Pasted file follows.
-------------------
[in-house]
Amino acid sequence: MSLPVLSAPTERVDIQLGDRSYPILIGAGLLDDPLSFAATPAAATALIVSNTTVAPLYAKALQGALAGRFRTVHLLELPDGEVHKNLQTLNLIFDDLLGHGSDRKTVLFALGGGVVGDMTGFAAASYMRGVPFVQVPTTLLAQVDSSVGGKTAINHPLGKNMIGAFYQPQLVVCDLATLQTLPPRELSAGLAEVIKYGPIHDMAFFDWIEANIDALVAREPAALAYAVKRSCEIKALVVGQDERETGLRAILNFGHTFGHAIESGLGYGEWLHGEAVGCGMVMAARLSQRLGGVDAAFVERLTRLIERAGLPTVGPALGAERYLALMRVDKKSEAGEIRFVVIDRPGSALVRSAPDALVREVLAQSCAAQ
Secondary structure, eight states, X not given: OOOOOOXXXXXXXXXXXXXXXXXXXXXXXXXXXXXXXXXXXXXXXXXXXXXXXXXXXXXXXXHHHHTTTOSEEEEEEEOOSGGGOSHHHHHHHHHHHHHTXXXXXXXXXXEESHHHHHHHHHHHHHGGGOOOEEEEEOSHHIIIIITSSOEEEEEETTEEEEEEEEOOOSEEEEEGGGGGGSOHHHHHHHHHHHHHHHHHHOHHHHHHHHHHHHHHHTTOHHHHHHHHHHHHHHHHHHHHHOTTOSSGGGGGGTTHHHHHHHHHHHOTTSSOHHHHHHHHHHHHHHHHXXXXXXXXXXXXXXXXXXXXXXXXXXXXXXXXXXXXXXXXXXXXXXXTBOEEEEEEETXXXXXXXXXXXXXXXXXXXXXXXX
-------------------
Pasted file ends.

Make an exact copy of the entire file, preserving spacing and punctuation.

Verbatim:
[in-house]
Amino acid sequence: MSLPVLSAPTERVDIQLGDRSYPILIGAGLLDDPLSFAATPAAATALIVSNTTVAPLYAKALQGALAGRFRTVHLLELPDGEVHKNLQTLNLIFDDLLGHGSDRKTVLFALGGGVVGDMTGFAAASYMRGVPFVQVPTTLLAQVDSSVGGKTAINHPLGKNMIGAFYQPQLVVCDLATLQTLPPRELSAGLAEVIKYGPIHDMAFFDWIEANIDALVAREPAALAYAVKRSCEIKALVVGQDERETGLRAILNFGHTFGHAIESGLGYGEWLHGEAVGCGMVMAARLSQRLGGVDAAFVERLTRLIERAGLPTVGPALGAERYLALMRVDKKSEAGEIRFVVIDRPGSALVRSAPDALVREVLAQSCAAQ
Secondary structure, eight states, X not given: OOOOOOXXXXXXXXXXXXXXXXXXXXXXXXXXXXXXXXXXXXXXXXXXXXXXXXXXXXXXXXHHHHTTTOSEEEEEEEOOSGGGOSHHHHHHHHHHHHHTXXXXXXXXXXEESHHHHHHHHHHHHHGGGOOOEEEEEOSHHIIIIITSSOEEEEEETTEEEEEEEEOOOSEEEEEGGGGGGSOHHHHHHHHHHHHHHHHHHOHHHHHHHHHHHHHHHTTOHHHHHHHHHHHHHHHHHHHHHOTTOSSGGGGGGTTHHHHHHHHHHHOTTSSOHHHHHHHHHHHHHHHHXXXXXXXXXXXXXXXXXXXXXXXXXXXXXXXXXXXXXXXXXXXXXXXTBOEEEEEEETXXXXXXXXXXXXXXXXXXXXXXXX